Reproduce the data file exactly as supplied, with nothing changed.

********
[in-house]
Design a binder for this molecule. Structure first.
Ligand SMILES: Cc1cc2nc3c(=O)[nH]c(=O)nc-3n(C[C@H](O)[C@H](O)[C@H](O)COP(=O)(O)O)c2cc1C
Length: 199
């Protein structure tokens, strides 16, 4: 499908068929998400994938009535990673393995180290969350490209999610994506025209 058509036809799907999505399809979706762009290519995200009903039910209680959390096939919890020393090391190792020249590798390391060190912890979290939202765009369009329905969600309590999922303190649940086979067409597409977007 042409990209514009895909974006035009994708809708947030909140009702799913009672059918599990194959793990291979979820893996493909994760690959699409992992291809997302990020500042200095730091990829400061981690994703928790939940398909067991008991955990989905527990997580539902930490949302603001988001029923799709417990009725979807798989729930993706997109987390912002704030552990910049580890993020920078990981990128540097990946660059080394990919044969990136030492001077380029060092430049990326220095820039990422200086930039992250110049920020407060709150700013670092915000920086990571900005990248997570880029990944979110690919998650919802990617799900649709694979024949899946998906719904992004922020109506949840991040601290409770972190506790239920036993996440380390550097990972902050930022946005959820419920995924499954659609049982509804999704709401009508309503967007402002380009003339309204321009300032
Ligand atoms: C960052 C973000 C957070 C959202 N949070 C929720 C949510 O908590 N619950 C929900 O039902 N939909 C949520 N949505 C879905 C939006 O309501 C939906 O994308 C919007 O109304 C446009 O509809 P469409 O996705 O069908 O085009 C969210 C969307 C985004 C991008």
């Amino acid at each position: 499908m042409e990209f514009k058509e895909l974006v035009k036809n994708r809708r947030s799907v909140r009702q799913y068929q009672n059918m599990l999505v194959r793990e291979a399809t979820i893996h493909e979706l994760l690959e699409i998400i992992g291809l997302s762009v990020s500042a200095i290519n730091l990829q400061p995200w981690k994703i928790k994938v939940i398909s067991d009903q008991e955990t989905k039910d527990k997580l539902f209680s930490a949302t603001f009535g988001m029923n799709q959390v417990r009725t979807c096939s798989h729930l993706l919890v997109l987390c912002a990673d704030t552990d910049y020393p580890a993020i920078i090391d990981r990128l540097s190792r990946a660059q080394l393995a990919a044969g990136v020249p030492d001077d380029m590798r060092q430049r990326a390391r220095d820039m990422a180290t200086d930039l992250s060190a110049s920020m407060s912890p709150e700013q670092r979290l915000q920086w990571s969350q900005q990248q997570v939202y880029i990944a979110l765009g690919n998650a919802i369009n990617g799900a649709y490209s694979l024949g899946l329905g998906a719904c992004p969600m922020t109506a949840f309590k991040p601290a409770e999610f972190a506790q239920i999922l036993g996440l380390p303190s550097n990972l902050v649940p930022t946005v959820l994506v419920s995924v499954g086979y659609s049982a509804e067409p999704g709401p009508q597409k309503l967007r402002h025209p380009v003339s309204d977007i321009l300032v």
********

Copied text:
[in-house]
Design a binder for this molecule. Structure first.
Ligand SMILES: Cc1cc2nc3c(=O)[nH]c(=O)nc-3n(C[C@H](O)[C@H](O)[C@H](O)COP(=O)(O)O)c2cc1C
Length: 199
């Protein structure tokens, strides 16, 4: 499908068929998400994938009535990673393995180290969350490209999610994506025209 058509036809799907999505399809979706762009290519995200009903039910209680959390096939919890020393090391190792020249590798390391060190912890979290939202765009369009329905969600309590999922303190649940086979067409597409977007 042409990209514009895909974006035009994708809708947030909140009702799913009672059918599990194959793990291979979820893996493909994760690959699409992992291809997302990020500042200095730091990829400061981690994703928790939940398909067991008991955990989905527990997580539902930490949302603001988001029923799709417990009725979807798989729930993706997109987390912002704030552990910049580890993020920078990981990128540097990946660059080394990919044969990136030492001077380029060092430049990326220095820039990422200086930039992250110049920020407060709150700013670092915000920086990571900005990248997570880029990944979110690919998650919802990617799900649709694979024949899946998906719904992004922020109506949840991040601290409770972190506790239920036993996440380390550097990972902050930022946005959820419920995924499954659609049982509804999704709401009508309503967007402002380009003339309204321009300032
Ligand atoms: C960052 C973000 C957070 C959202 N949070 C929720 C949510 O908590 N619950 C929900 O039902 N939909 C949520 N949505 C879905 C939006 O309501 C939906 O994308 C919007 O109304 C446009 O509809 P469409 O996705 O069908 O085009 C969210 C969307 C985004 C991008």
């Amino acid at each position: 499908m042409e990209f514009k058509e895909l974006v035009k036809n994708r809708r947030s799907v909140r009702q799913y068929q009672n059918m599990l999505v194959r793990e291979a399809t979820i893996h493909e979706l994760l690959e699409i998400i992992g291809l997302s762009v990020s500042a200095i290519n730091l990829q400061p995200w981690k994703i928790k994938v939940i398909s067991d009903q008991e955990t989905k039910d527990k997580l539902f209680s930490a949302t603001f009535g988001m029923n799709q959390v417990r009725t979807c096939s798989h729930l993706l919890v997109l987390c912002a990673d704030t552990d910049y020393p580890a993020i920078i090391d990981r990128l540097s190792r990946a660059q080394l393995a990919a044969g990136v020249p030492d001077d380029m590798r060092q430049r990326a390391r220095d820039m990422a180290t200086d930039l992250s060190a110049s920020m407060s912890p709150e700013q670092r979290l915000q920086w990571s969350q900005q990248q997570v939202y880029i990944a979110l765009g690919n998650a919802i369009n990617g799900a649709y490209s694979l024949g899946l329905g998906a719904c992004p969600m922020t109506a949840f309590k991040p601290a409770e999610f972190a506790q239920i999922l036993g996440l380390p303190s550097n990972l902050v649940p930022t946005v959820l994506v419920s995924v499954g086979y659609s049982a509804e067409p999704g709401p009508q597409k309503l967007r402002h025209p380009v003339s309204d977007i321009l300032v």